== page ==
The Clasp by Sloane Crosley


I’m conflicted about this book, have you read it? Because let’s discuss.

The Clasp is the first book I’ve read by Sloane Crosley, and she has such a talent for observation and detail that I’m now going to read everything else she’s written. And I can’t wait.

That said, the momentum and my character investment waned so abruptly that I didn’t even bother to finish the last seventy-two pages. I was 300 pages in when all the air went out of my tires, so I just skimmed to the end. Wehhhhhhh.

Have you ever had sex with someone you’ve built up in your mind, and it’s electric at first, but then he does his thing and rolls over to sleep? This book was like that.

Still, that electric part though. My favorite parts of The Clasp:

“The groomsmen’s jackets had come off. The women had grown shorter over the course of the evening.”

“Inside, Meredith’s husband, Michael, was wearing mint-green drawstring pants and opening a bag of frozen shrimp with a corkscrew.”

“She hated Los Angeles as a concept, but she also hated it on a personal level… Kezia had been told, by people trying to befriend her, that she should inject stroke medication into her forehead, how many calories were in her meal, which stylist had dropped a bracelt down the toilet, how to minimize undereye bags, all leading a few drinks later, to stories of molesting uncles and first loves who had perished in car accidents. ‘Anyway, should we split the burrata?'”

“He had reflexively touched her when she offered to show him her pirouette, last performed when she was seven years old and executed with all the grace of a human that age. He caught her in his arms before she fell headlong into a bamboo chair. She did not scramble to remove her weight but stayed limp, as if he had dipped her. Women had used this tactic with him before. Generally it took the form of drunken cartwheels in his living room or hand slapping games he did not want to learn. He know what they were doing. They were aiming for charm but missing the mark; their actions seemed to say, ‘I have the carefree joy of a prepubescent girl. So please fuck me.'”

So you see what I mean about talent. There was more. You should really read the first half of this book, guys.


Raynaud’s phenomenon is excessively reduced blood flow in response to cold or emotional stress, causing discoloration of the fingers, toes, and occasionally other areas.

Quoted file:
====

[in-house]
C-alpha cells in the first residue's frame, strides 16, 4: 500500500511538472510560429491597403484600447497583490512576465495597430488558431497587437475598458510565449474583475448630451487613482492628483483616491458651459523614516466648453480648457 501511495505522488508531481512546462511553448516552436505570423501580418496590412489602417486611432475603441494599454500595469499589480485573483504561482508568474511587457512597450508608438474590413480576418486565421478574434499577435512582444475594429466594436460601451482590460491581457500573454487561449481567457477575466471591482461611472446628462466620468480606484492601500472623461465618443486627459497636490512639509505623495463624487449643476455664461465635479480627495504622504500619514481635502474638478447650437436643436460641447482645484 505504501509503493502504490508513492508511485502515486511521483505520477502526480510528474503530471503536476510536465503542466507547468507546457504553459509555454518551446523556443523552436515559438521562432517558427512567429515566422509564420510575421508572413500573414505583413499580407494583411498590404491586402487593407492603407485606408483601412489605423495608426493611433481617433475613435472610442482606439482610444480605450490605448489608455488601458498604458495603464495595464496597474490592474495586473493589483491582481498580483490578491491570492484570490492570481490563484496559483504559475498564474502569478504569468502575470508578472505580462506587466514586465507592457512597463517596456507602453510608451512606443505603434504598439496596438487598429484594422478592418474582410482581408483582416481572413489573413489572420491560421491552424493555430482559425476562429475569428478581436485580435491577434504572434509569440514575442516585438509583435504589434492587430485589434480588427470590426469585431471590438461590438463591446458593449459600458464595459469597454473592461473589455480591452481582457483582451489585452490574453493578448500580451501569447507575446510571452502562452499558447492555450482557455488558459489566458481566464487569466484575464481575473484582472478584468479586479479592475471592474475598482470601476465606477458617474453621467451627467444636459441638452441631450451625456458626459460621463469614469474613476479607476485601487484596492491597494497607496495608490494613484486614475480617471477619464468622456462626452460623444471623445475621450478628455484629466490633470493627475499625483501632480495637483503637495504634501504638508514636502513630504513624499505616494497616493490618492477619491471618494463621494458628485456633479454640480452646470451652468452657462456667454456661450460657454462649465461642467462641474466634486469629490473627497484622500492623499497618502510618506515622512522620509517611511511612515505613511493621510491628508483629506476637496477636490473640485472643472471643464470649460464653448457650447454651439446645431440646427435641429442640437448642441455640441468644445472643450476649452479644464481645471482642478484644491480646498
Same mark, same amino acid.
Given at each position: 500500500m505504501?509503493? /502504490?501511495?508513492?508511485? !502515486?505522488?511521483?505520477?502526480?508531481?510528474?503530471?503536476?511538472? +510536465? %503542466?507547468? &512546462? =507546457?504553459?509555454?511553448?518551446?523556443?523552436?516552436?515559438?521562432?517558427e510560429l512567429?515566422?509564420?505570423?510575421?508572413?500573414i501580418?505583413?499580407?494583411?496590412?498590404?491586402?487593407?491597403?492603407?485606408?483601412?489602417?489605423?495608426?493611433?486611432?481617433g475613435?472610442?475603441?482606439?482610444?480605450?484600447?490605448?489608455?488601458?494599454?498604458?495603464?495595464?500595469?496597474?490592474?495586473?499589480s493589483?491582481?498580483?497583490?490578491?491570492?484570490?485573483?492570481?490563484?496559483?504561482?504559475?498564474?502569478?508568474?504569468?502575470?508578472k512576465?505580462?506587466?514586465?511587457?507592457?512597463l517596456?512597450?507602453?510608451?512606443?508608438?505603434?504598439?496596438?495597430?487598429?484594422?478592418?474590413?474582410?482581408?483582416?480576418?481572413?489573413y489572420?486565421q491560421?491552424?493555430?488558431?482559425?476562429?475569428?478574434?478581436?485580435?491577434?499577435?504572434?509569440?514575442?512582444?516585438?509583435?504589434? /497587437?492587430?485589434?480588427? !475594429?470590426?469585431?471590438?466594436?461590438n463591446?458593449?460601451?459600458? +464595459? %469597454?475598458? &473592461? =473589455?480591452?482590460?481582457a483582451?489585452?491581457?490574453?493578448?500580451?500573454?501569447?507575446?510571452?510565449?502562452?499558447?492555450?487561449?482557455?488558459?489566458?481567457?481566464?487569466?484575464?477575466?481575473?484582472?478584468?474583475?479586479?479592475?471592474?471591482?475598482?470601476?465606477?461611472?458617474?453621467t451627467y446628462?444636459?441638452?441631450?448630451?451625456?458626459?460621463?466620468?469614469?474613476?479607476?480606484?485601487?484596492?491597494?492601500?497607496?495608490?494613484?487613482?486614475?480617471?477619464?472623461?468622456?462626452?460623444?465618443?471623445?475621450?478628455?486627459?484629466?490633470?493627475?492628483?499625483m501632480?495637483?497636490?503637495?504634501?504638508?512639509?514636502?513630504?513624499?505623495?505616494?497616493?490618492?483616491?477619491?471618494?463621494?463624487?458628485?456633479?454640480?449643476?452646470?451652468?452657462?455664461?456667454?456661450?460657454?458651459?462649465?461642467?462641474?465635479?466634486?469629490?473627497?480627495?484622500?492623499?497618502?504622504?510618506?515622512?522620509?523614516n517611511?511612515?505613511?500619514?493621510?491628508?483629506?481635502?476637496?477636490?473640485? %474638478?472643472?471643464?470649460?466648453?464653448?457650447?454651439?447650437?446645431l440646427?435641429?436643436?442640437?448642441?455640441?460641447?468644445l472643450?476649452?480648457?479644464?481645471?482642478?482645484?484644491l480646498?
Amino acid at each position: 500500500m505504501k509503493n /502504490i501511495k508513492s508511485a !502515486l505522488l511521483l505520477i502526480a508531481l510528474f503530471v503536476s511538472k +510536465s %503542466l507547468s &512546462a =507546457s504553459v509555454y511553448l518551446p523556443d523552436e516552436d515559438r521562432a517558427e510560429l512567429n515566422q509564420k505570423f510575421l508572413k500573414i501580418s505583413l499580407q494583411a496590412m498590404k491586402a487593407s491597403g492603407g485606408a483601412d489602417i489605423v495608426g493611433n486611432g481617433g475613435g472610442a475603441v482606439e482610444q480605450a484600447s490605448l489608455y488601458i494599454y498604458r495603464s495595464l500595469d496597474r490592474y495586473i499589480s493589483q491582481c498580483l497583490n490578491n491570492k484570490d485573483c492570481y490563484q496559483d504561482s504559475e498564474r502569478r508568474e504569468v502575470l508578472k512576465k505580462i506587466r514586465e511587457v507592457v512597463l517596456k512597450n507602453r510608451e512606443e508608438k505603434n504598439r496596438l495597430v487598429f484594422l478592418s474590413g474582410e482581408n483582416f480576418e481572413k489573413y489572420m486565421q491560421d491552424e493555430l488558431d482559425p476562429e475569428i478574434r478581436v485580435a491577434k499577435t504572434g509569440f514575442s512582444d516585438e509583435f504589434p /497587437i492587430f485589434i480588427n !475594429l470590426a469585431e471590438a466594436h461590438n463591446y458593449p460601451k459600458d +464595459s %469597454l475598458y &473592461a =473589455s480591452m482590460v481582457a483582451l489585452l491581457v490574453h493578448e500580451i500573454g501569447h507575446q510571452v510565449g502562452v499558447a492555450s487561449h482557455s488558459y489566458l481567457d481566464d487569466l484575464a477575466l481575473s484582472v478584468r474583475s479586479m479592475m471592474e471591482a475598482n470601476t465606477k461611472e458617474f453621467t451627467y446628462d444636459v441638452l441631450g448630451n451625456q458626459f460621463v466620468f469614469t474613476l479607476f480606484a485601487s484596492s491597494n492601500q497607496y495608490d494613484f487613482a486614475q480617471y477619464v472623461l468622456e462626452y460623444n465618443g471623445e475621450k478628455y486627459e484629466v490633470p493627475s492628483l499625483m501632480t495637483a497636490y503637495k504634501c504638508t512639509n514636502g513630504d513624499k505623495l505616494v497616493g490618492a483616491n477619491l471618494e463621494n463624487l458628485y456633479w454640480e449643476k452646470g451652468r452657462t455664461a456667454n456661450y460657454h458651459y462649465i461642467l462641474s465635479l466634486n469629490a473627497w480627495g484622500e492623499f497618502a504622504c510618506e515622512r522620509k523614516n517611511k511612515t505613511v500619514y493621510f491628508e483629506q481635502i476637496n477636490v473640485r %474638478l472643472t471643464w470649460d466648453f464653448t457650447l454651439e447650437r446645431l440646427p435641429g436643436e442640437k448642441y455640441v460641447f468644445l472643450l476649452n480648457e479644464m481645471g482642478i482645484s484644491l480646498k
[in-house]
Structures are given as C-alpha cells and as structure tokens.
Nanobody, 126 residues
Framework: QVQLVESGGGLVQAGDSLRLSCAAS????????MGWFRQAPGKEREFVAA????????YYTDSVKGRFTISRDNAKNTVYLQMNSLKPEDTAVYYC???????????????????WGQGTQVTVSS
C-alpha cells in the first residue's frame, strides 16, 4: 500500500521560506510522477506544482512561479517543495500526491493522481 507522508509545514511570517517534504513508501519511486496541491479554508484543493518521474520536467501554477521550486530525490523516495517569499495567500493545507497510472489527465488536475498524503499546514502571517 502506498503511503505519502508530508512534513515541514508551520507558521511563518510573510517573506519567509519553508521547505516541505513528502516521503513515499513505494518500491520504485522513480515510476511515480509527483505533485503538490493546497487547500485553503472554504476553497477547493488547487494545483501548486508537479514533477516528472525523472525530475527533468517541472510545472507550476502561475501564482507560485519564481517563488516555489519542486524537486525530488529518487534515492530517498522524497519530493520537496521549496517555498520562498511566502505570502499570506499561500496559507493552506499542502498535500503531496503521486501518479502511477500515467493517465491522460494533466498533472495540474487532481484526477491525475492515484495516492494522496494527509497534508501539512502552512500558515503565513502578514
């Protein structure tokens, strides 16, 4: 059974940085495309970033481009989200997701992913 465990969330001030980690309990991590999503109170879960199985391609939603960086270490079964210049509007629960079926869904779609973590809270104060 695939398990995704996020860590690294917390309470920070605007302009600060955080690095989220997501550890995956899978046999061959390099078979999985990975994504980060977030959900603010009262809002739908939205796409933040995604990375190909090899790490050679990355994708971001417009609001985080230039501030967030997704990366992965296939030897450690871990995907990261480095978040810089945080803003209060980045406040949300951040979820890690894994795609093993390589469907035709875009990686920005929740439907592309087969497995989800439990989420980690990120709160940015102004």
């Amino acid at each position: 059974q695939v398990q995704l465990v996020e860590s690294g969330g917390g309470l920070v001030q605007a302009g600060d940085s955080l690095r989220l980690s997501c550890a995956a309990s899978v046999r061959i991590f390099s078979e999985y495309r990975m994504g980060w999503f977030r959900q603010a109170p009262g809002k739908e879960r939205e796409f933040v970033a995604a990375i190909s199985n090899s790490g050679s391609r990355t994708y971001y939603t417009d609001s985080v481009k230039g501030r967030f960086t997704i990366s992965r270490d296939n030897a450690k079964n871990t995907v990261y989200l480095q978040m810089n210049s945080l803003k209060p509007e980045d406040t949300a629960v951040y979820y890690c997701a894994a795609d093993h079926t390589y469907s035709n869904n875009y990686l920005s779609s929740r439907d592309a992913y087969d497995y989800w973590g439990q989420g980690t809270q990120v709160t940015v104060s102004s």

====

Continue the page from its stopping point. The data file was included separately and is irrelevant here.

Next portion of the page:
U-bet chocolate syrup

An alcove studio is the same as a studio apartment with an additional space off the living room.

slitchiness This was a weird one, I think she means the sound of voluminous women’s clothing in motion, but the only ref I could find for slitchy was as a slang term meaning bitchy or slutty.

solopsism (a word I should know by now) the view or theory that the self is all that can be known to exist

Okay! Have you read it or any of Crosley’s other stuff? Tell me your things.

P.S. If you’re on Goodreads, I am also on Goodreads. Nerd party!

8 thoughts on “The Clasp by Sloane Crosley

  1. I read Crosley’s I was Told There Would Be Cake and had similar feelings. Her writing I LOVE, truly vibrant, surprising and funny. And this is a book of essays so I don’t expect a major plot arc, but I kept wanting it to build to something. Instead it ended so abruptly without any real learning or development for the reader or the people in the book. What’s the point? Oh, there isn’t one. Exactly like being told there would be cake, and then discovering there’s none at all. Hmm. Sorry Sloane, better luck next time!


  2. Oh no! I was hoping it was just a “this is my first crack at fiction” thing. Still, worth reading her just for the gems. I feel like it might also be that she labors over the first half of books, rewrites and rewrites, and then finishes the second half on deadline. All of us have been there, and it feels like books are held to timelines now in a way they weren’t pre-Internet. Talking out my bum there, but maybe?


  3. I asked people about this recently, and they provided a big list of women authors in comments. This is tough for me, because I used to hate taking recs, but now I look at them and then go to a bookstore or Amazon with a list. I read the first few pages, or the back of the book, see how I like the cover and the feel in my hands and choose that way. If I don’t want to read past the first few pages, I rarely want to read the book.


  4. I bought it on a whim when someone I respect recommended it (and I am picky with book purchases–I usually just check them out from the library). I HATED IT.
    I could not bring myself to care one iota about any of the characters. Good writing usually redeems mediocre novels for me, but not this time.


  5. I’m with Kate. I read it and hated it. Now that I have some distance from it, I could totally appreciate your excerpts as displaying her artistry, but at the time GAHHHHHHH I just wanted to punch something after finishing The Clasp.


  6. I LOVE her short stories, but I could not finish The Clasp. I loved most of the part I read, but nope, not going to pick it up again.


  7. Ditto Ryan Elizabeth: I wonder if she’s just a short story writer by heart, without the stamina for novel-length writing? I find this true of a lot of exceptionally talented writers and want to hug them and exclaim: IT’S OKAY! Being a great Short Story Writer is a huge achievement! You don’t need to be a novelist to succeed as a writer! Please!


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